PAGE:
I apologize here for going on so, but the point I wish to make clear is that the Incorporated Village of Garden City is historically unique across the nation, not only for the fact that it is America’s first planned community, but also because it is studied in political science courses in universities across the nation as operating under a most unique form of governing. It operates under what is designated as “The Community Agreement” under which all residents have a direct input into how their community will be run. The mayoralty changes from section to section every two years so that equality and balance reign continuously throughout the village. These features, then, make Garden City worthy of special interest for you and the developers of The Lighthouse Project. The plan is unique and abuts a village that is unique. They will be creating a multi-modern scene for America on the remains of the greatest eastern American plains while the quaint village abutting the new glitz and city-type community will remain a stronghold of what American life has always been—pleasant communal living among New York commuters and residents who own, operate or are employed in the village in small offices set in pleasant and peaceful environs.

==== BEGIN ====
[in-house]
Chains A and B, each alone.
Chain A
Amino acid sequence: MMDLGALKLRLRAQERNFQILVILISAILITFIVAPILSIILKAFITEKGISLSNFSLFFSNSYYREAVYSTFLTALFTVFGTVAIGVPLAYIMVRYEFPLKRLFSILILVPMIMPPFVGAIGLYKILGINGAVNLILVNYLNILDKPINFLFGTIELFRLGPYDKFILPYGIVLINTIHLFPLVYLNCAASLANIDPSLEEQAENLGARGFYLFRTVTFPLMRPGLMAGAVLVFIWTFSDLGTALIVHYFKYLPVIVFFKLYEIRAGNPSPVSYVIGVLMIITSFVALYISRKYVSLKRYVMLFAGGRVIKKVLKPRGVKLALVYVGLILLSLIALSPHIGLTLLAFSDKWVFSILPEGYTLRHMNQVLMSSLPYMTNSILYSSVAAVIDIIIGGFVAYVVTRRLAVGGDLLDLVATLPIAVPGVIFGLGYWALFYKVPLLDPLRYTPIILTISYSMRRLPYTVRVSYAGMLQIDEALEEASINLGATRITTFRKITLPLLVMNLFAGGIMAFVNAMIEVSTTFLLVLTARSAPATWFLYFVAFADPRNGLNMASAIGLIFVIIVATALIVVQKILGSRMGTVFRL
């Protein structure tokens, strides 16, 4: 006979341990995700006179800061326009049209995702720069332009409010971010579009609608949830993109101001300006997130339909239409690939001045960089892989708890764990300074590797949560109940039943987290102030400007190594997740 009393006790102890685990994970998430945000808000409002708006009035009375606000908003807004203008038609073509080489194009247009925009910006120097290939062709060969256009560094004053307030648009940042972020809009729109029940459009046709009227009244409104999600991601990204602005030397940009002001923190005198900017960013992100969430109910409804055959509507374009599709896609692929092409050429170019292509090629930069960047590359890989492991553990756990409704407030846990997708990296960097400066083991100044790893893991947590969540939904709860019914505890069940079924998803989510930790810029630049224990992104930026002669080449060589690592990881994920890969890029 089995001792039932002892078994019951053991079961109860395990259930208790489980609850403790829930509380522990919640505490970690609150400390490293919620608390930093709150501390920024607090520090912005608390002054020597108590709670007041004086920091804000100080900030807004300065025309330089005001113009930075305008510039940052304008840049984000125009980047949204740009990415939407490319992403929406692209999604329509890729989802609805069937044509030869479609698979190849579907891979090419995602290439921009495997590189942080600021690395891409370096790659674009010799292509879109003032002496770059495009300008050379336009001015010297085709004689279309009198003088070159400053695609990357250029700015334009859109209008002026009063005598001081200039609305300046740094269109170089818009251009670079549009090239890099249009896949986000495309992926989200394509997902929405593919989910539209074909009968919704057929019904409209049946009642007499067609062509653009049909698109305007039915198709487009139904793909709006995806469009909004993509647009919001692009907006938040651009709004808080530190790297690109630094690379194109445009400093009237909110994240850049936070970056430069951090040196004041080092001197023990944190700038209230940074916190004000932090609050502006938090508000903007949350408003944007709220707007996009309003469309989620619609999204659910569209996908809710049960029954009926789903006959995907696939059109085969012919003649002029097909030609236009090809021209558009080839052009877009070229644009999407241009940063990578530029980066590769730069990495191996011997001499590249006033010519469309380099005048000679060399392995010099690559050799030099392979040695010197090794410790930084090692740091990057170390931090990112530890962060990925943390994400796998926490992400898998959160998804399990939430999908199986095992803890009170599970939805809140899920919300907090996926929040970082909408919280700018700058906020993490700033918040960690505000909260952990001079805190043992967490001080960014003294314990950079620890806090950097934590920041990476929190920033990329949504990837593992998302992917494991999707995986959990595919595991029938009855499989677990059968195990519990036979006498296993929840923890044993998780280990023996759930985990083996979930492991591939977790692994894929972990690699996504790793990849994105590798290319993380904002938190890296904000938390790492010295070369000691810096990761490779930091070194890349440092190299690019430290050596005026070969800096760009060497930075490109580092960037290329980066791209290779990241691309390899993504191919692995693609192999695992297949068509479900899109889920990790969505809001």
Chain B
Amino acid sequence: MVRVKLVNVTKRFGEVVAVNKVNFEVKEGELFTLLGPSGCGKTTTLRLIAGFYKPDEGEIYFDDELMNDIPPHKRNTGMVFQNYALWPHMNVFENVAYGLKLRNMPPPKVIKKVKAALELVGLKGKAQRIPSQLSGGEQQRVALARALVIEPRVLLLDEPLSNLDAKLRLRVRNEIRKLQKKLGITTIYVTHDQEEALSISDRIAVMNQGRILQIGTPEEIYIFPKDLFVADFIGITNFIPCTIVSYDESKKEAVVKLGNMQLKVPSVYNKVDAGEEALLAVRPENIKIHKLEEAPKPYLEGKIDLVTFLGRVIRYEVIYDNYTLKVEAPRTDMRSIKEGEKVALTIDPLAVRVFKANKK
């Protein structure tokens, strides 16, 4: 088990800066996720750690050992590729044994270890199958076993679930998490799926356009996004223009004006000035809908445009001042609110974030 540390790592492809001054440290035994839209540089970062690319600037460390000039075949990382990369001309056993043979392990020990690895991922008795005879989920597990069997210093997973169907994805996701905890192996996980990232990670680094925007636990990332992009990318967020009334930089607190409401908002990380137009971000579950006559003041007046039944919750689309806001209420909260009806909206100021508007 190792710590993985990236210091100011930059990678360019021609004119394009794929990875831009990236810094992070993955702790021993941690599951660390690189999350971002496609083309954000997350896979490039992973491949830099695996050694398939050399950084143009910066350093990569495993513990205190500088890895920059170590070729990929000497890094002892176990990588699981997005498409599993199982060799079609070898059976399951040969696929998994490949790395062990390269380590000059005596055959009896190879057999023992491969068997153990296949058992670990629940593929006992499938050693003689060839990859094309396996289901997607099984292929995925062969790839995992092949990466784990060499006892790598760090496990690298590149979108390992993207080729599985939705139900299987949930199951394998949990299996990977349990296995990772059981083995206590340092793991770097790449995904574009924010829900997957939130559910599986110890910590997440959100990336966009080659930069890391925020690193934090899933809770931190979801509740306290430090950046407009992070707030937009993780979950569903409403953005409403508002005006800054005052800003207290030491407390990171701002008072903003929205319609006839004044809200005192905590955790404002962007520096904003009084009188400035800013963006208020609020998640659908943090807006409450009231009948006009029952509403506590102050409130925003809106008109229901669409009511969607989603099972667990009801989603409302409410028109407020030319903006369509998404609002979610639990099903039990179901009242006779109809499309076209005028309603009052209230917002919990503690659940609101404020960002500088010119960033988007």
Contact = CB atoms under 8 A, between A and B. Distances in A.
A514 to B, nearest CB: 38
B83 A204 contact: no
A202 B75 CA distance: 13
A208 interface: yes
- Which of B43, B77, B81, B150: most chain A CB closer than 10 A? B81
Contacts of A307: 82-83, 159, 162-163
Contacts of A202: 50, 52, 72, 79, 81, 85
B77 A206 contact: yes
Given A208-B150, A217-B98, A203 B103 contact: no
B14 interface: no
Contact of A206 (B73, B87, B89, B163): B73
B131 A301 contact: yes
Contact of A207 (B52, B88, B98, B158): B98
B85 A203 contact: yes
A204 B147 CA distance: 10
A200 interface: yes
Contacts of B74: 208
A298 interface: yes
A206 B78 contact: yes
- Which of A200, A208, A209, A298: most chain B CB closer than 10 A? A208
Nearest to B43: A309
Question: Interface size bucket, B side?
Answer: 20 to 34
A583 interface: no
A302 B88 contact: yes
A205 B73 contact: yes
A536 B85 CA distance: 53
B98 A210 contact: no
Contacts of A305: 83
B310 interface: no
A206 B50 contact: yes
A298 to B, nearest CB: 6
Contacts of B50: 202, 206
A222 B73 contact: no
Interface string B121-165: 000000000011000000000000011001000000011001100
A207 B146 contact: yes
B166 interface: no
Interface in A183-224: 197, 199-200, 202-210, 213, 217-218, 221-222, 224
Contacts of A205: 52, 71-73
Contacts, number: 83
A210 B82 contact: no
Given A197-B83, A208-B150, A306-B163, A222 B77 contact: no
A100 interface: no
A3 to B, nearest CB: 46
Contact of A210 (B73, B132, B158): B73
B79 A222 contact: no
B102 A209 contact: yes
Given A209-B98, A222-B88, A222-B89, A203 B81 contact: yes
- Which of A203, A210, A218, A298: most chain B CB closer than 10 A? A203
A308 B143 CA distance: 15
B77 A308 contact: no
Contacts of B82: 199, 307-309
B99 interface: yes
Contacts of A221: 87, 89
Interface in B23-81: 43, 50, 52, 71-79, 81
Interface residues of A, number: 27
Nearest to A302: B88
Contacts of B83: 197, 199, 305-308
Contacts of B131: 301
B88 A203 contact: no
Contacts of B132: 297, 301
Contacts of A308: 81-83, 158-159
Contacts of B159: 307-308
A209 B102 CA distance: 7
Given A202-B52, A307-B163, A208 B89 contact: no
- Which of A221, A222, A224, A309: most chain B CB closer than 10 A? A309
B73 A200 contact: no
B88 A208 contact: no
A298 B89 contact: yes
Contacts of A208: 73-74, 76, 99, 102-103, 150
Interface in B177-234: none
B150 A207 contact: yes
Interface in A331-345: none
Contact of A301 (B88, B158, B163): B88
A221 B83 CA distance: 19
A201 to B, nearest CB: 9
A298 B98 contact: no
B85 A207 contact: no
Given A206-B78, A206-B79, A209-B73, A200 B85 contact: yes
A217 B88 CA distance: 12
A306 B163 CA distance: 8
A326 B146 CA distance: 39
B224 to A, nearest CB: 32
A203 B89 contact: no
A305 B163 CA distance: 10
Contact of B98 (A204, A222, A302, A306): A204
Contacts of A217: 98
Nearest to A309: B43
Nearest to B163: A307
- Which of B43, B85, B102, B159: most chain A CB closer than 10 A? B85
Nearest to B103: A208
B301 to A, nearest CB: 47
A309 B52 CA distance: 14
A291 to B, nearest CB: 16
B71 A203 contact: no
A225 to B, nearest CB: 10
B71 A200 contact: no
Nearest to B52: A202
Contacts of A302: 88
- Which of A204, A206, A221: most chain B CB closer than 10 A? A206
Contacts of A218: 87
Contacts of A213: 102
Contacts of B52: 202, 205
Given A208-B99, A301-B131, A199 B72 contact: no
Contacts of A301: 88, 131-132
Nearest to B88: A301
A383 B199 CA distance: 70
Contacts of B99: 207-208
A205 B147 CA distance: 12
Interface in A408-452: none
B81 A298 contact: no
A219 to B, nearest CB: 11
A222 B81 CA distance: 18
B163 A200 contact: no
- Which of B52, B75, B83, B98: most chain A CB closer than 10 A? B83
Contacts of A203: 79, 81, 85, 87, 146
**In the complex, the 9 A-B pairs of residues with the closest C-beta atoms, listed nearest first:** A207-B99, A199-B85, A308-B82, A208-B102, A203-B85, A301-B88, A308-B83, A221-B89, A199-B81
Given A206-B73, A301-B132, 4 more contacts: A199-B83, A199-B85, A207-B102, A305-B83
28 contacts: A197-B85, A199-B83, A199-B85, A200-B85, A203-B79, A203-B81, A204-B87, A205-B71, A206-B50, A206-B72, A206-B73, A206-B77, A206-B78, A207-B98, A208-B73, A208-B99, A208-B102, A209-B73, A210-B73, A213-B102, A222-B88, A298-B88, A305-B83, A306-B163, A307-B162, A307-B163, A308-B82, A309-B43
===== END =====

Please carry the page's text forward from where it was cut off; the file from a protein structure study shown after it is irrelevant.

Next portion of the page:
The goal, then would be for you to recognize that vastness and size have a place in the 2010-12 Town of Hempstead, but alongside it belongs tranquility that visitors to the new Nassau will seek out to return to yesteryear—the historical Village of Garden City. Dare I even think the phrase “Old Garden City”?

You are in the unique position today to help the Town of Hempstead move into a new century with spectacular development while preserving for all our residents throughout Hempstead Town a special place of pride and historic tranquility.